And Quebec’s cit­i­zens have not been shy about voic­ing those con­cerns. Dominique Bernier of the Que­bec-based group AmiEs de la Terre, or Friends of the Earth, dis­putes the notion that the St. Lawrence Riv­er leg­is­la­tion is some­how detached from the ongo­ing envi­ron­men­tal debate about fracking.

That’s ridicu­lous,” Bernier says. This bill was passed by a [Lib­er­al Par­ty] gov­ern­ment that is very favor­able to frack­ing and oil exploita­tion. The gov­ern­ment had to do that because there’s been an impact assess­ment on frack­ing … and the impact assess­ment has proven [it’s] very dan­ger­ous for many, many rea­sons. It was the only sen­si­ble reac­tion to the impact assess­ment. It’s not arbi­trary. It’s the only reac­tion possible.”

Trew agrees that pub­lic pur­pose” includes frack­ing bans like the one on the St. Lawrence Riv­er. The province has every right, and hope­ful­ly feels it has some respon­si­bil­i­ty, to move ahead on resource projects with extreme cau­tion — espe­cial­ly with a tech­nol­o­gy as con­tro­ver­sial and con­test­ed as frack­ing — and that it is in the pub­lic inter­est to do things like put mora­to­ri­ums on explo­ration until the safe­ty of that process can be assured,” he says. It’s real­ly dis­cour­ag­ing that a com­pa­ny could claim that its right not to have its prof­its inter­fered with is some­how more impor­tant than the oblig­a­tion on the part of our elect­ed lead­ers to pro­tect us from this kind of activity.”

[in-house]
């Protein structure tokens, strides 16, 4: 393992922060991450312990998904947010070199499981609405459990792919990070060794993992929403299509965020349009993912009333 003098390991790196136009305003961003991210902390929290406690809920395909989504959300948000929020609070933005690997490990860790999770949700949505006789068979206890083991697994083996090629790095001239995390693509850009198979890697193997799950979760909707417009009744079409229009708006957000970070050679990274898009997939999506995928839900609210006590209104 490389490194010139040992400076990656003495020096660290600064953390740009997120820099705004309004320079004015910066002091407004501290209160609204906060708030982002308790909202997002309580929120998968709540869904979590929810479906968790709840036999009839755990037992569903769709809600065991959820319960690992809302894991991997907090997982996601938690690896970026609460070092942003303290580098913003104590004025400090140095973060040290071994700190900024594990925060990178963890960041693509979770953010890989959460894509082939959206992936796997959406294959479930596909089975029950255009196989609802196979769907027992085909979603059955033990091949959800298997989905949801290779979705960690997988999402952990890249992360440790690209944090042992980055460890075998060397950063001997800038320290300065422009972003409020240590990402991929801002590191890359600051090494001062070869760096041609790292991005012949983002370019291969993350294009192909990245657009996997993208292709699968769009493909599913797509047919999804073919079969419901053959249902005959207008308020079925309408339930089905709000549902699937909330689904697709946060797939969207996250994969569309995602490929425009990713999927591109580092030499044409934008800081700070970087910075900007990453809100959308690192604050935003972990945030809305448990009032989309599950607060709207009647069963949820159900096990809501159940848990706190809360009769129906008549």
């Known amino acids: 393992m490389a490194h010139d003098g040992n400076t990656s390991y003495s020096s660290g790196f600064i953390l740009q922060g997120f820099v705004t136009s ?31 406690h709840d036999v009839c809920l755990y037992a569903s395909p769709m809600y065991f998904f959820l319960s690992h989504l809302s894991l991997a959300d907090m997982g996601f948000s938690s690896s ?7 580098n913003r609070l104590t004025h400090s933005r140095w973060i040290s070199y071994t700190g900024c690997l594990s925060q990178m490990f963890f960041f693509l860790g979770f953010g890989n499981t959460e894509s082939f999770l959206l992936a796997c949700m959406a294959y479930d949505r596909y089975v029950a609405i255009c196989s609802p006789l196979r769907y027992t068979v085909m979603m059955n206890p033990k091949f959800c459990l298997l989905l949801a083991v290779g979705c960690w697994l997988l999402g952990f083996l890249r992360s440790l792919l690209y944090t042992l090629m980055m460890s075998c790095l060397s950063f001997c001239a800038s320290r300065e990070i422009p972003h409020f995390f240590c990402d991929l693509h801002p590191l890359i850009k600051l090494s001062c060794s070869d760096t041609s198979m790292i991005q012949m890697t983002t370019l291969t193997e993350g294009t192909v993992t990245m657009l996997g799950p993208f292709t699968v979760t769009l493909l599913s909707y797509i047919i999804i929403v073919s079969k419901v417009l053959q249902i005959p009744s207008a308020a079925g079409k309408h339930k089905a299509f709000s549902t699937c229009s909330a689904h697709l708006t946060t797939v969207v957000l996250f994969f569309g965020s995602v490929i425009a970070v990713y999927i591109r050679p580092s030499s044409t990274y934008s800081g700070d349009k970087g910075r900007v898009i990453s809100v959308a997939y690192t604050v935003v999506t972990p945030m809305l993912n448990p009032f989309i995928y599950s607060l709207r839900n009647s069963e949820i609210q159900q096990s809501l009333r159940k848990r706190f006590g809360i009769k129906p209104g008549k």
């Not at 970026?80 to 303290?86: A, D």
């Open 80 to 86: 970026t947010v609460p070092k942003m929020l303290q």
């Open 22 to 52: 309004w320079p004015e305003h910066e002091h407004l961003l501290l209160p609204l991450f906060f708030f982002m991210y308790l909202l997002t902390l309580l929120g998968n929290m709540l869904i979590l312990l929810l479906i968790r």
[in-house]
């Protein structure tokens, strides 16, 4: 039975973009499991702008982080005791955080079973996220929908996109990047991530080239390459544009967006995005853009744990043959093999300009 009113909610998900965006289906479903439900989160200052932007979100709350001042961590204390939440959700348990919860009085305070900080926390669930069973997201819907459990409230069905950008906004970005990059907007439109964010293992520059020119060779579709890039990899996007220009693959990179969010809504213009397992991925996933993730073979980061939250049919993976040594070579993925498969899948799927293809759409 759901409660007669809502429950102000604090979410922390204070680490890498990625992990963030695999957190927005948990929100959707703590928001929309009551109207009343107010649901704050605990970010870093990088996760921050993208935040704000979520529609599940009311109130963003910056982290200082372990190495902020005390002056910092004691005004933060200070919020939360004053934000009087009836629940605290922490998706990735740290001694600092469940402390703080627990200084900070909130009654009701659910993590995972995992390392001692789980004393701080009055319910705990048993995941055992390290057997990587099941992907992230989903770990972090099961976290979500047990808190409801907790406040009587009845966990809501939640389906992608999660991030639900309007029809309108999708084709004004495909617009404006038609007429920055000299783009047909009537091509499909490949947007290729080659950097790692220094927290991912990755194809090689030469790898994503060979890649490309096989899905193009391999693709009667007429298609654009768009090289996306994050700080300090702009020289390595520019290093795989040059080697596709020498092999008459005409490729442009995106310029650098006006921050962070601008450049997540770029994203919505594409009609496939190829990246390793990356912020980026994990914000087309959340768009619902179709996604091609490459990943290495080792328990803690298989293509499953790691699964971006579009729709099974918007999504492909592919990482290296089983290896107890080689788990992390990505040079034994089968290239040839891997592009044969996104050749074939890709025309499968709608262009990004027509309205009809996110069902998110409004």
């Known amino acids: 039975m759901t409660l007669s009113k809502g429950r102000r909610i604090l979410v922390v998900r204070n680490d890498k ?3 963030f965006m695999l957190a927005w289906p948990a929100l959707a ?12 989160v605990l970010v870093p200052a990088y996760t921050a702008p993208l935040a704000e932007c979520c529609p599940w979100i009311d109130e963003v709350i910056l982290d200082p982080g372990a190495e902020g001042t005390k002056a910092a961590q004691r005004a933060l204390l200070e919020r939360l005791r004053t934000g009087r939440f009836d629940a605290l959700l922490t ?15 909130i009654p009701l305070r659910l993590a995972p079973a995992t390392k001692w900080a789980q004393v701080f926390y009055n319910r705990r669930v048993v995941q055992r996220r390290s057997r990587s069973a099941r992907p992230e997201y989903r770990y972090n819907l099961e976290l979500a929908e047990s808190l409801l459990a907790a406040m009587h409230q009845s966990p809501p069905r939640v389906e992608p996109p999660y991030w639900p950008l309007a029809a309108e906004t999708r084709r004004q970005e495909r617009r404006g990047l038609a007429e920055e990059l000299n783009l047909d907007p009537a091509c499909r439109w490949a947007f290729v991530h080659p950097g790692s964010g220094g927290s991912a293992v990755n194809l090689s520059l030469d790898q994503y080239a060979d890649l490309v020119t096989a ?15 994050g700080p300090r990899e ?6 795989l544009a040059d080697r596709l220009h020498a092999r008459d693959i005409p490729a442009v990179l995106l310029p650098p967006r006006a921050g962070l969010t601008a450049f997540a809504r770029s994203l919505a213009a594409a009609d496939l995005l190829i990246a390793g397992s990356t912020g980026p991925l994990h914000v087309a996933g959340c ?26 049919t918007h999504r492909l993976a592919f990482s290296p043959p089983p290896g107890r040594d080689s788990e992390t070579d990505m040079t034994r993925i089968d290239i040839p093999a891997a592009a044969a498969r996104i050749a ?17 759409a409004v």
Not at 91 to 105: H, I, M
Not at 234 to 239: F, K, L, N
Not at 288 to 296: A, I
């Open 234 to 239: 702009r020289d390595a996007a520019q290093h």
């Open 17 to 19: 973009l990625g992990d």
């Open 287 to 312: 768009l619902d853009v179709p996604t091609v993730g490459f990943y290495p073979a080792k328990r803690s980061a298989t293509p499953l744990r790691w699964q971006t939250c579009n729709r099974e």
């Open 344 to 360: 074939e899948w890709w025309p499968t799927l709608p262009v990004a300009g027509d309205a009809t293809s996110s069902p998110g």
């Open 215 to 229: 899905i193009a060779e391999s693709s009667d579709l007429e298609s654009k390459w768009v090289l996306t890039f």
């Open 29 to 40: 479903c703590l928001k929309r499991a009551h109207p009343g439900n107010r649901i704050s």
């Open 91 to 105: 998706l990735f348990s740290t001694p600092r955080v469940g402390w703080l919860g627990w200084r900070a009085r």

One rea­son the com­pa­ny could be press­ing ahead with the law­suit, he says, is its trou­bled finan­cial con­di­tion. Lone Pine’s lawyer Barut­cis­ki fierce­ly con­tests that there is a rela­tion­ship, point­ing out that Lone Pine was a sub­sidiary of the Den­ver-based For­est Oil until 2011, but it is nonethe­less hard to ignore the recent case of Abitibi­Bowa­ter, an Amer­i­can-Cana­di­an com­pa­ny that was also char­tered in Delaware. In 2009, the com­pa­ny announced that it had gone bank­rupt and, in the same year, closed a cen­tu­ry-old paper mill in New­found­land and Labrador. Short­ly there­after, the New­found­land gov­ern­ment expro­pri­at­ed the company’s assets, in addi­tion to its hydro­elec­tric­i­ty and tim­ber rights in the province. In response, Abitibi filed a $500 mil­lion NAF­TA law­suit against Cana­da — even­tu­al­ly win­ning a $130 mil­lion set­tle­ment from the fed­er­al gov­ern­ment. It has since been restruc­tured and renamed as Res­olute For­est Products.

Lone Pine, for its part, has already launched bank­rupt­cy pro­ceed­ings in Cana­da and the Unit­ed States. The most recent quar­ter­ly report that it filed with the Secu­ri­ties and Exchange Com­mis­sion indi­cates the company’s finan­cial state, which has dete­ri­o­rat­ed over the last year.

Mean­while, on Octo­ber 1, Lone Pine was delist­ed by the TMX Group, which owns and oper­ates stock exchanges in Cana­da, includ­ing the nation’s largest, the Toron­to Stock Exchange. The Exchange does not com­ment on its rea­sons for delist­ing a spe­cif­ic com­pa­ny, but a spokesper­son point­ed to TMX’s gen­er­al guide­lines, which cite insol­ven­cy, poor finan­cial con­di­tion, low mar­ket val­ue or a company’s fail­ure to com­ply with reg­u­la­tions or dis­close changes to its busi­ness mod­el as pos­si­ble jus­ti­fi­ca­tions for doing so.